Considerations should also be made for young women who are pregnant at the time of cancer diagnosis to achieve a healthy pregnancy. By 2002, the incidence of pregnancy-associated breast cancer had increased to 37.4 per 100,000 deliveries, up from 16.0 in 19631. The co-existence of pregnancy and cancer is expected to rise in the future with the trend to delay childbearing. Thus, the clinical community should increase their understanding of best treatment practices for this complex diagnosis.


  • A cancer diagnosis occurs in 0.7 to 1 out of every 1000 pregnancies2.
  • The most common sites of primary cancers in pregnant women mirror those of non-pregnant women of reproductive age include breast cancer, cervical cancer, Hodgkin lymphoma, and melanoma.
  • Large prospective studies are difficult to execute and clinical expertise in this patient population is rare.

Treatment Considerations

The goal of cancer treatment during pregnancy remains the same as for any other patient, to prevent metastasis and control the disease but additional guidelines should be taken to prevent harm to the fetus.

  • Abdominal and pelvic radiation should be avoided.
  • Most chemotherapeutics are FDA category D due to positive evidence for fetal risk but varies throughout gestation.

Timing cancer treatment during pregnancy

  • The risk of spontaneous abortions, fetal malformations, and fetal death are highest during the critical period of organogenesis in the first trimester
  • The first trimester risk for malformation alone is reported to be 17% for single agent therapy and 25% for combination chemotherapy3.
  • There is no evidence of increased risk of malformations from chemotherapy administered during the second or third trimester4-7.
  • Chemotherapy should be ceased 3-4 weeks prior for delivery of the infant to avoid potential adverse effects, such as myelospression and associated complications.
  • To date, no reported significant long-term health concerns in the children exposed in utero to chemotherapy7.

Given the complex nature of cancer during pregnancy, a recent review article calls for the multidisciplinary management of pregnant cancer patients to provide optimal care for mother, fetus, and future fertility between obstetricians, gynecologists, and oncology specialists8.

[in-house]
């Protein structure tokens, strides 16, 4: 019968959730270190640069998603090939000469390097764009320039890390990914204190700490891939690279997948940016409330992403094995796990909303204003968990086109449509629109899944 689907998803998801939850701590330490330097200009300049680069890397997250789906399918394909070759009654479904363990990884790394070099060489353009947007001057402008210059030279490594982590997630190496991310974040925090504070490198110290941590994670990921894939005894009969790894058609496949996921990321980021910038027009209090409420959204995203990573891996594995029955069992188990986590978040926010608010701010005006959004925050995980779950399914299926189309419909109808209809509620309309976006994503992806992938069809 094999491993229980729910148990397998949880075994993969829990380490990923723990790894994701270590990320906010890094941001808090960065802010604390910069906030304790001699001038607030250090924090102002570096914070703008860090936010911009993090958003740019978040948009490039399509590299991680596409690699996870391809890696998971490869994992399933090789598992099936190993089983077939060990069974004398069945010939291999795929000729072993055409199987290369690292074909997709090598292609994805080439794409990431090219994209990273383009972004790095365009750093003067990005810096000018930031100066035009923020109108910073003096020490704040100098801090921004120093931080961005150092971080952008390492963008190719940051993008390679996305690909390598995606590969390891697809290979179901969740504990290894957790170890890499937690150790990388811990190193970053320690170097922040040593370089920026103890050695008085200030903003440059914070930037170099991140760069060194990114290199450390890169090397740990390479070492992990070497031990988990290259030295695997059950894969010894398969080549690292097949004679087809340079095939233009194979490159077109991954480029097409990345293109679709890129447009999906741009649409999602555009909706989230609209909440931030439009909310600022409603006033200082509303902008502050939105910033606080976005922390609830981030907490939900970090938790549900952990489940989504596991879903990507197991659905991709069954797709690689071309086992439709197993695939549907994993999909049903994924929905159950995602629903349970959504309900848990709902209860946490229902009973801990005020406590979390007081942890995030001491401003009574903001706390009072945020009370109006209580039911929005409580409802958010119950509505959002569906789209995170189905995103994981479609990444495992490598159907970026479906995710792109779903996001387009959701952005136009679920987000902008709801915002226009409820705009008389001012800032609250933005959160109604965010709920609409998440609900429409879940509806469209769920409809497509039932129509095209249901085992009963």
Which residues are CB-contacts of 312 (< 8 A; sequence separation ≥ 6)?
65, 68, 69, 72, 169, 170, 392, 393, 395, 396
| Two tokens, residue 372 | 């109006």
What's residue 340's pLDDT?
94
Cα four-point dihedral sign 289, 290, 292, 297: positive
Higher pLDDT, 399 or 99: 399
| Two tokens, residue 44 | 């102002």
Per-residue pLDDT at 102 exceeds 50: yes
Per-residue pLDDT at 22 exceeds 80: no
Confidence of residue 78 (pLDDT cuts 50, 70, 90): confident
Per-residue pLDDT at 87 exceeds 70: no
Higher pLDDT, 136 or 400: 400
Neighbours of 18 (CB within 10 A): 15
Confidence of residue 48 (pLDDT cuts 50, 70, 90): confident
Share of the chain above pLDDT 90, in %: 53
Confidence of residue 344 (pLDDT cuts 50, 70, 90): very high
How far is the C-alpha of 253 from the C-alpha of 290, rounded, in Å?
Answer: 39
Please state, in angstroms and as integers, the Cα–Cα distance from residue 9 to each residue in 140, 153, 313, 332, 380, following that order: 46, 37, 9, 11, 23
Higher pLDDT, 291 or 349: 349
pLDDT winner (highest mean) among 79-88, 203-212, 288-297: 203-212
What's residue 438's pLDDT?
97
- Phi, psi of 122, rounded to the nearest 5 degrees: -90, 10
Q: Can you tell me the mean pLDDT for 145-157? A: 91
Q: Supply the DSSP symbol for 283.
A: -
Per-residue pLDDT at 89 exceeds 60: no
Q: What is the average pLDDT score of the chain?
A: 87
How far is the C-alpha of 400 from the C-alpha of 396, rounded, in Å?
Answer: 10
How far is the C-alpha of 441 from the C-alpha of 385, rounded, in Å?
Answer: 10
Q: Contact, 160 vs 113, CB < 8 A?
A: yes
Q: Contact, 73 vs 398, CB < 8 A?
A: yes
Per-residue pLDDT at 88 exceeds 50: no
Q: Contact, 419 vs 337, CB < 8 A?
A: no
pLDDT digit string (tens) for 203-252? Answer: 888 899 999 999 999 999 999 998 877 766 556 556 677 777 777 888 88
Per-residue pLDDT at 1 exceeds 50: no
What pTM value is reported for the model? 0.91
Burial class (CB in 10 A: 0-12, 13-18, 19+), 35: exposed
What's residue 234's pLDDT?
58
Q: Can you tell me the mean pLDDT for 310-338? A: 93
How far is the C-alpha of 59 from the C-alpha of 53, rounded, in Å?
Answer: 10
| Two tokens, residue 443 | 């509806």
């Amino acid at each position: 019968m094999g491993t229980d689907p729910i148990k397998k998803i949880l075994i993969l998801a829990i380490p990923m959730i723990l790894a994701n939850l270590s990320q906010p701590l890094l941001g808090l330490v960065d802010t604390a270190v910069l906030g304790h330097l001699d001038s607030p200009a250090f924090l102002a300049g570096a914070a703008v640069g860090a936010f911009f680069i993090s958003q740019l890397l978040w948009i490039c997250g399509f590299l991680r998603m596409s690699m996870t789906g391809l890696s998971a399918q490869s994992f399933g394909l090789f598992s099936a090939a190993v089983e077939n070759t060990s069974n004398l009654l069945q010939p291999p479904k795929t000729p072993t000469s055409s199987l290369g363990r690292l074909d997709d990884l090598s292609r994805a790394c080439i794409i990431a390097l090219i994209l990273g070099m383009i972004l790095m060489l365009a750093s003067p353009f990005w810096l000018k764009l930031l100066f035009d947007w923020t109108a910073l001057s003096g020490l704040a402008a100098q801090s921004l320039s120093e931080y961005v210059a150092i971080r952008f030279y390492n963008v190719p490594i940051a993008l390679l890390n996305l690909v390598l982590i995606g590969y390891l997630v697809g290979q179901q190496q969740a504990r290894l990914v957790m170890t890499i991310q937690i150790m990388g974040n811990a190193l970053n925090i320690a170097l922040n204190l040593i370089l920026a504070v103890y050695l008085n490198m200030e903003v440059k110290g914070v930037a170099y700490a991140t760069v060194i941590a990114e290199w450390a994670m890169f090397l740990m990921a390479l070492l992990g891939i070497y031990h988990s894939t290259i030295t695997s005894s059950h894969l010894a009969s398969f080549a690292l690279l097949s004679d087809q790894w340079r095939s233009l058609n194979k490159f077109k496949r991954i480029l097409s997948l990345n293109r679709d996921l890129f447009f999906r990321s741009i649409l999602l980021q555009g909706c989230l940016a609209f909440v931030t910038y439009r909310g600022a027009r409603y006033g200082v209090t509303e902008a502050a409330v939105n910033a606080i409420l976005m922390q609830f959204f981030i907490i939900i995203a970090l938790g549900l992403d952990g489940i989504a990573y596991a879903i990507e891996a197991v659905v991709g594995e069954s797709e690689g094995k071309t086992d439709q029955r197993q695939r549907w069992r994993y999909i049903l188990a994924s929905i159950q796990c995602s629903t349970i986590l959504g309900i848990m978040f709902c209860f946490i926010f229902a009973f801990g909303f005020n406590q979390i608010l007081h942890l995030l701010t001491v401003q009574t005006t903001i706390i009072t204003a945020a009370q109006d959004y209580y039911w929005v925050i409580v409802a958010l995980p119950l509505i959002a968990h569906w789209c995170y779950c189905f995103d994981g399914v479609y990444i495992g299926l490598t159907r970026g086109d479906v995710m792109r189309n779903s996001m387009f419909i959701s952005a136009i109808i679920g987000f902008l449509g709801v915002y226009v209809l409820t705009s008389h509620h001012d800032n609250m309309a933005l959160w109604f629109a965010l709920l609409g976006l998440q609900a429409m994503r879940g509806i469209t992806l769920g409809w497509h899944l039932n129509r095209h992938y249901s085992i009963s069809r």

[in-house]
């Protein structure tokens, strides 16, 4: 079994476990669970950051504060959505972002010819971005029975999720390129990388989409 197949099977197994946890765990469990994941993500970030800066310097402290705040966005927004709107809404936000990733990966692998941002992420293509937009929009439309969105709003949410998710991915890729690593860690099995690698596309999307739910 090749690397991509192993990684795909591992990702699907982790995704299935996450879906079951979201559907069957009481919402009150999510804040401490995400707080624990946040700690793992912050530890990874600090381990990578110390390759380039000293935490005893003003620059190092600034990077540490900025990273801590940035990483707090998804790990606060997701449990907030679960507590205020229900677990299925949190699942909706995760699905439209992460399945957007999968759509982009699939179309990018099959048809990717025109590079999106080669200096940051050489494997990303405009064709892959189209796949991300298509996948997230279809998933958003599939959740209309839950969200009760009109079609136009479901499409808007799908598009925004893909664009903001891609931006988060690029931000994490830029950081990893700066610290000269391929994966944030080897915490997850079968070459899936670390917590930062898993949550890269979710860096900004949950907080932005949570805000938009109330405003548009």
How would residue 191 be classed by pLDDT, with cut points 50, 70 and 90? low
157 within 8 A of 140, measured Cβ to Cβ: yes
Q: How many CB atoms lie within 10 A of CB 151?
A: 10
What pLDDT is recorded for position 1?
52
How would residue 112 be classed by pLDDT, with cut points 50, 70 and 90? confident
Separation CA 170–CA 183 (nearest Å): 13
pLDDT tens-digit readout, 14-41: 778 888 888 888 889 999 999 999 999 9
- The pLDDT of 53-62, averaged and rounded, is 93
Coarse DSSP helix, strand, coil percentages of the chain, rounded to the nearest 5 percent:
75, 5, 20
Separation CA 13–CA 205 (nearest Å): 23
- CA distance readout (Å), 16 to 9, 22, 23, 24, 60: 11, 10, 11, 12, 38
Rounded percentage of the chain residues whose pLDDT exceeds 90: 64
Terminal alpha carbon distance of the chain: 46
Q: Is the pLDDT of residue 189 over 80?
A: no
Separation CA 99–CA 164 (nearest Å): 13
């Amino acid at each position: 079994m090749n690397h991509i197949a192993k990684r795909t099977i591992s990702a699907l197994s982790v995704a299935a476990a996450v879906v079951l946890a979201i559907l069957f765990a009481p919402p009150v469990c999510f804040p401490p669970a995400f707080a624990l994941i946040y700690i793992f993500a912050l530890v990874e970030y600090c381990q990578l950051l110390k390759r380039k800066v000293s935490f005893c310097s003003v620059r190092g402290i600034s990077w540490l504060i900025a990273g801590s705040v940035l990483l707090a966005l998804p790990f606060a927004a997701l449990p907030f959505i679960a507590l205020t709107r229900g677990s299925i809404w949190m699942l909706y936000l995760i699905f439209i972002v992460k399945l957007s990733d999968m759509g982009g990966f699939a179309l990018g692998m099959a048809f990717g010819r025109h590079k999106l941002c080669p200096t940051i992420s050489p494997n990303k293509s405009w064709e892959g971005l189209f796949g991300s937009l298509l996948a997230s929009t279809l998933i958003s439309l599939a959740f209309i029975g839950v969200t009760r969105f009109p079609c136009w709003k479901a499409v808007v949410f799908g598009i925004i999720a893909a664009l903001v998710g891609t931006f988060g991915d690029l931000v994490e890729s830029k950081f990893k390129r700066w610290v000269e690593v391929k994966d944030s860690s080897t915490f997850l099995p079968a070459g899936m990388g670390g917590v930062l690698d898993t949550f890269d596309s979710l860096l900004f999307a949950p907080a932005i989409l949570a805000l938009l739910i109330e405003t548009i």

1. Andersson TM, Johansson AL, Hsieh CC, Cnattingius S, Lambe M. Increasing incidence of pregnancy-associated breast cancer in Sweden. Obstet Gynecol 2009;114:568-72.
  2. Sutcliffe SB. Treatment of neoplastic disease during pregnancy: maternal and fetal effects. Clin Invest Med 1985;8:333-8.
  3. Doll DC, Ringenberg QS, Yarbro JW. Management of cancer during pregnancy. Arch Intern Med 1988;148:2058-64.
  4. Zemlickis D LM, Koren G. Review of fetal effects of cancer chemotherapeutic agents. In: Koren G LM, Farine D, ed. Cancer in pregnancy. Cambridge, Engl: Cambridge University Press; 1996:168-80.
  5. Doll DC, Ringenberg QS, Yarbro JW. Antineoplastic agents and pregnancy. Semin Oncol 1989;16:337-46.
  6. Cardonick E, Dougherty R, Grana G, Gilmandyar D, Ghaffar S, Usmani A. Breast cancer during pregnancy: maternal and fetal outcomes. Cancer J 2010;16:76-82.
  7. Hahn KM, Johnson PH, Gordon N, et al. Treatment of pregnant breast cancer patients and outcomes of children exposed to chemotherapy in utero. Cancer 2006;107:1219-26.
  8. Kong BY, Skory RM, Woodruff TK. Creating a continuum of care: integrating obstetricians and gynecologists in the care of young cancer patients. Clin Obstet Gynecol. 2011 Dec;54(4):619-32.

Page last updated March 14, 2012.